Customary practices causing harm to some groups and people

Published On: January 29, 2020 09:34 AM NPT By: Republica  | @RepublicaNepal

KATHMANDU, Jan 29: An overwhelming majority of customary practices in Nepal cause harm to some groups and people, a study report launched on Tuesday said. 

The report commissioned by the United Nations Nepal said 98 percent of the people believe that caste-based discrimination causes harm to some groups and people, while 82 percent of the population thinks dowry causes such harm. Also, 81 percent of the country's population consider marriage under the age of 20 as harmful, while another 78 percent believes the witchcraft accusations and perception causes such harm to people.

The report also mentioned that 45 percent of the population believes that the Chhaupadi is another customary practices that cause harm, especially in the Karnali and Sudur Passchim Province. 

Harmful practices are defined as persistent behaviors that discriminate on the basis of sex,  age, caste and ethnicity, language and religion, among others. "These practices leave women and people of excluded groups at the risk of violence, poor physical and psychological health, limited educational and economic outcomes, injuries and even death," said the report titled 'Harmful Practices in Nepal: Report on Community Perceptions'.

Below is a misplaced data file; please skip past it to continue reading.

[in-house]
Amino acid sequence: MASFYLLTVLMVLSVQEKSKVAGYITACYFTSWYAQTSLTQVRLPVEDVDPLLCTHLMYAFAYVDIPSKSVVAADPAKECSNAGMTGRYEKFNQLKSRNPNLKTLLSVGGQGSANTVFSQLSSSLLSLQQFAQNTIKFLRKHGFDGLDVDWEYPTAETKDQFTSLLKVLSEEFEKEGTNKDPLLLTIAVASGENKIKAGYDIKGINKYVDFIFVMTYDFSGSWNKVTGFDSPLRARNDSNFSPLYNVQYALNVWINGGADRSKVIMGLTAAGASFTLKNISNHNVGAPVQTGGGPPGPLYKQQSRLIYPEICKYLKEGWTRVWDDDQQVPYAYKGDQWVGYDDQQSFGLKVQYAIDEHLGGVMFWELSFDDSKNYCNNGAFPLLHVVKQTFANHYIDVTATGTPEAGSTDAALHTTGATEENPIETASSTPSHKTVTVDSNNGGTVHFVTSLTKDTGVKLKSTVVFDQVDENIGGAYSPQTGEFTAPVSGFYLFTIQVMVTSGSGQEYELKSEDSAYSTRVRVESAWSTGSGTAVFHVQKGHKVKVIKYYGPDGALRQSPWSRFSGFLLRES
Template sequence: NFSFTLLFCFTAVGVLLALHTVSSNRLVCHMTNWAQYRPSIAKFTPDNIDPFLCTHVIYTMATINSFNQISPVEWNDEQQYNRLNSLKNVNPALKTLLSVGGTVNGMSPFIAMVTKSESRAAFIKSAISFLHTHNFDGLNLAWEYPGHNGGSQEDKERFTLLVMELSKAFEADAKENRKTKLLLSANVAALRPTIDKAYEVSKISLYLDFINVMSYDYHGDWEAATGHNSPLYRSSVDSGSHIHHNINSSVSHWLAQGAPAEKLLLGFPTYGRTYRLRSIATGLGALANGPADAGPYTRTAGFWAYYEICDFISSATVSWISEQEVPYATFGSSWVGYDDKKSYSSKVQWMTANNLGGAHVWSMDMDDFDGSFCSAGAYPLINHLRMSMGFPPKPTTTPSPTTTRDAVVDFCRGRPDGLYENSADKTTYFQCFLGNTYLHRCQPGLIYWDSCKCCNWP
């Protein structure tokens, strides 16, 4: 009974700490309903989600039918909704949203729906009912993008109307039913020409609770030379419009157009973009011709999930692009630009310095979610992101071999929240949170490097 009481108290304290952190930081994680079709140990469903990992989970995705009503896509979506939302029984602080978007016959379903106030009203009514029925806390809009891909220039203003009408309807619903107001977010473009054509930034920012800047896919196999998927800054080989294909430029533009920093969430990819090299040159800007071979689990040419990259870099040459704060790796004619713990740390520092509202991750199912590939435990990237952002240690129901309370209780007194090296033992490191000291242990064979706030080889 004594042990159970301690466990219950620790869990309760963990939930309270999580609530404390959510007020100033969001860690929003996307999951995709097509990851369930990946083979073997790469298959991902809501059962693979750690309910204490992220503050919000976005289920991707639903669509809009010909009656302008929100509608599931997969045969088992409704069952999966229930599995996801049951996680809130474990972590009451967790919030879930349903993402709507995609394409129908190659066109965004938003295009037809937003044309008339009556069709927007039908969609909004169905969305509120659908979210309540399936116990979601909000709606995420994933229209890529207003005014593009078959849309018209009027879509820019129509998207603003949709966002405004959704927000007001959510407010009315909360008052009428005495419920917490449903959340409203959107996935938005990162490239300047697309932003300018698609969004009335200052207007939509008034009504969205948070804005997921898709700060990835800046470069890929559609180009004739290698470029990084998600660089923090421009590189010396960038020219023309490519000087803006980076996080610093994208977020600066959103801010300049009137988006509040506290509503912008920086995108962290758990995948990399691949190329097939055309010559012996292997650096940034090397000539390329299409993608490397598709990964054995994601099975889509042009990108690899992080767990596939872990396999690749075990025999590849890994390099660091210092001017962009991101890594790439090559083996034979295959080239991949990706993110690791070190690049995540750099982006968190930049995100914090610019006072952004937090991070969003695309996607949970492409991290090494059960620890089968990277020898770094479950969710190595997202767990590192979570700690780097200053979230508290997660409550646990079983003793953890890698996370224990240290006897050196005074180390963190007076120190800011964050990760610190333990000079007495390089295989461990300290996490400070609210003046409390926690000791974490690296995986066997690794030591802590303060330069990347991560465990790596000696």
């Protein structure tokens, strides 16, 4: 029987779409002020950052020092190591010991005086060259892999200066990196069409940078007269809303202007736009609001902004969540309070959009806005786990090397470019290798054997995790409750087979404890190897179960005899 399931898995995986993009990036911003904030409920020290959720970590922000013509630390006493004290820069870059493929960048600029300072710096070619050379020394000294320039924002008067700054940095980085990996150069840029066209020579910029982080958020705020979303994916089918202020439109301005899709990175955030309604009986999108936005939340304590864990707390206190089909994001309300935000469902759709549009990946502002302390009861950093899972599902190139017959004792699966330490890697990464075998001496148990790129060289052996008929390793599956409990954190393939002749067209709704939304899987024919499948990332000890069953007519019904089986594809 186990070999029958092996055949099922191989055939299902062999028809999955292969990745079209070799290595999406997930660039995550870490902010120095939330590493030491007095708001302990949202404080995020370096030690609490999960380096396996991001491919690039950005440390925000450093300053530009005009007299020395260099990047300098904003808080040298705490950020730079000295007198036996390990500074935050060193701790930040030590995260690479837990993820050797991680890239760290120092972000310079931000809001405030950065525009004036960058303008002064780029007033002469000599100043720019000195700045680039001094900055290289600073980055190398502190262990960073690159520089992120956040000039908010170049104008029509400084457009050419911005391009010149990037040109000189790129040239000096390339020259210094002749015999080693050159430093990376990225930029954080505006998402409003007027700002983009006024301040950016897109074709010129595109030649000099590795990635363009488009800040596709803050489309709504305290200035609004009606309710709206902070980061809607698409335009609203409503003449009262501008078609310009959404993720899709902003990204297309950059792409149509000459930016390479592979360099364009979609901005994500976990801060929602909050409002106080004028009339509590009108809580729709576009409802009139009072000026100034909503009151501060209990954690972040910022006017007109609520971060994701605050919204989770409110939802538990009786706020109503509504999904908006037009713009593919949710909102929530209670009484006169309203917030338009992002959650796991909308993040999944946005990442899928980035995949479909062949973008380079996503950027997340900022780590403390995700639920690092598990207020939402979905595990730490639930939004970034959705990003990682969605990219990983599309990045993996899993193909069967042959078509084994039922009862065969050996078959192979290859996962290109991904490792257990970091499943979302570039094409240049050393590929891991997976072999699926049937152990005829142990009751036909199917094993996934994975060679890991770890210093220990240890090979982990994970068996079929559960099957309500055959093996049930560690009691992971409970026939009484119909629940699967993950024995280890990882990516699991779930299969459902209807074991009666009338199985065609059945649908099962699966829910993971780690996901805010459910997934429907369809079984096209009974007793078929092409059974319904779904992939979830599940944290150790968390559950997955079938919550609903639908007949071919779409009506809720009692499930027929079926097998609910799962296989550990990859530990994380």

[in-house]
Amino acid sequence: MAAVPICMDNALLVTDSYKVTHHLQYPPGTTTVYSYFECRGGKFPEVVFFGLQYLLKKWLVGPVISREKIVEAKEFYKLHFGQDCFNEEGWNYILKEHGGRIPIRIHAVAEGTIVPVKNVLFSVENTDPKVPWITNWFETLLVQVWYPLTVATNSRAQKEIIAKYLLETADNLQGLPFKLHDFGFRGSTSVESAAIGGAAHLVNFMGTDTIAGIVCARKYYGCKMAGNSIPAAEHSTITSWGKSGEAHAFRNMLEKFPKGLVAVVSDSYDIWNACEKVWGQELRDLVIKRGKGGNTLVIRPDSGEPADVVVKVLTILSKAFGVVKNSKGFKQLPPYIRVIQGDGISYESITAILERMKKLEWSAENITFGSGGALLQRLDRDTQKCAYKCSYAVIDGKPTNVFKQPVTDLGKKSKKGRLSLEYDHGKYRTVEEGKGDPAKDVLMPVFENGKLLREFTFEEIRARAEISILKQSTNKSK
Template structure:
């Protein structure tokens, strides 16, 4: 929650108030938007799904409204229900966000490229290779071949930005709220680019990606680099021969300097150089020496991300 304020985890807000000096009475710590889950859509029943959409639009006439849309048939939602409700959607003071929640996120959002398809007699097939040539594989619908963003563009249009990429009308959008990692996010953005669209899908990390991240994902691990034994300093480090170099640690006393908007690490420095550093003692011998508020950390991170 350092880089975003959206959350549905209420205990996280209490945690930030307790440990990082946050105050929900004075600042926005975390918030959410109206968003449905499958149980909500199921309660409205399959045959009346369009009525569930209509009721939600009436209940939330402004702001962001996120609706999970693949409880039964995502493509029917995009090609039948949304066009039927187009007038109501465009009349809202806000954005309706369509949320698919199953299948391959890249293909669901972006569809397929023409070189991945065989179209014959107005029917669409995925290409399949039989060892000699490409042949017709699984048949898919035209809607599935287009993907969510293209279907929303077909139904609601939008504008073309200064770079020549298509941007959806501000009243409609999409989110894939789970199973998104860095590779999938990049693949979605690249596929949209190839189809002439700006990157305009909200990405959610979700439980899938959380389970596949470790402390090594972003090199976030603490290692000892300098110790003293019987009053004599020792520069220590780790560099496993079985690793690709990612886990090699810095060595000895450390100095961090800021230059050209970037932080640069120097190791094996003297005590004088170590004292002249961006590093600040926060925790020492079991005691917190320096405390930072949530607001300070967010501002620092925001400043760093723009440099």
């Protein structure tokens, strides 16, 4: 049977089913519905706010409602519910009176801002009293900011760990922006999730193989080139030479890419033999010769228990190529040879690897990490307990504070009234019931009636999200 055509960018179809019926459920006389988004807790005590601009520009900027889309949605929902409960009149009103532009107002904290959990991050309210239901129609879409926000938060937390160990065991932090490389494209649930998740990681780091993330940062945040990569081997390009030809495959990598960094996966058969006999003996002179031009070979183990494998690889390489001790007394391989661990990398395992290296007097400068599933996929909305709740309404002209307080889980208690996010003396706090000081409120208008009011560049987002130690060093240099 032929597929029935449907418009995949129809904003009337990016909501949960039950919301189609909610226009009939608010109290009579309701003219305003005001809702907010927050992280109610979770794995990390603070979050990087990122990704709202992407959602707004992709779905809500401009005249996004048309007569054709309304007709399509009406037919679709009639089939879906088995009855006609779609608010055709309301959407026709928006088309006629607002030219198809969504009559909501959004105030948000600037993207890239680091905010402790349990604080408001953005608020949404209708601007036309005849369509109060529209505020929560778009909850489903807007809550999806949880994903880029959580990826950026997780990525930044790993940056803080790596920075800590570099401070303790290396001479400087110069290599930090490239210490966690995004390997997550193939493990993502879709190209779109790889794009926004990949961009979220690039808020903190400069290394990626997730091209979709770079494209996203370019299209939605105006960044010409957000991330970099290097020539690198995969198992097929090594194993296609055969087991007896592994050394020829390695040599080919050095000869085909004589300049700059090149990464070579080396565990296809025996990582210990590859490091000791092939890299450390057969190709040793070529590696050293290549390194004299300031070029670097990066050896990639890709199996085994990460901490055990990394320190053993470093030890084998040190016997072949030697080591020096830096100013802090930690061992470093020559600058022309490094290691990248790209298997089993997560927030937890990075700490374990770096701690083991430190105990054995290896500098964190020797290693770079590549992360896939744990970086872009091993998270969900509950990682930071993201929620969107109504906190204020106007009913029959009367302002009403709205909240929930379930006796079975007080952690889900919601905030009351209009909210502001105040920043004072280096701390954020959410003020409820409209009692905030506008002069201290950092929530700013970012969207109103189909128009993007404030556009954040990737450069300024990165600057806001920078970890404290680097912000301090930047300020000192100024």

Conducted last year, the study has covered 4,000 households from 16 districts from Province 2, Karnali and Sudur Pashchim Province. The report mentions that harmful practices in these provinces are deeply rooted in discriminatory social norms, often founded on religious beliefs and customs. "There is a need to conduct in-depth studies to strengthen our understanding on the ways in which we can promote social norms and transformative change to eliminate harmful practices," the report says.

Also, a photo exhibition on Chhaupadi and Witchcraft Accusations and Persecution by two prominent Nepali artists, Uma Bista and Nabin Baral was organized in Yalamaya Kendra on Tuesday, which was jointly organized by the United Nations in Nepal and the British Council.


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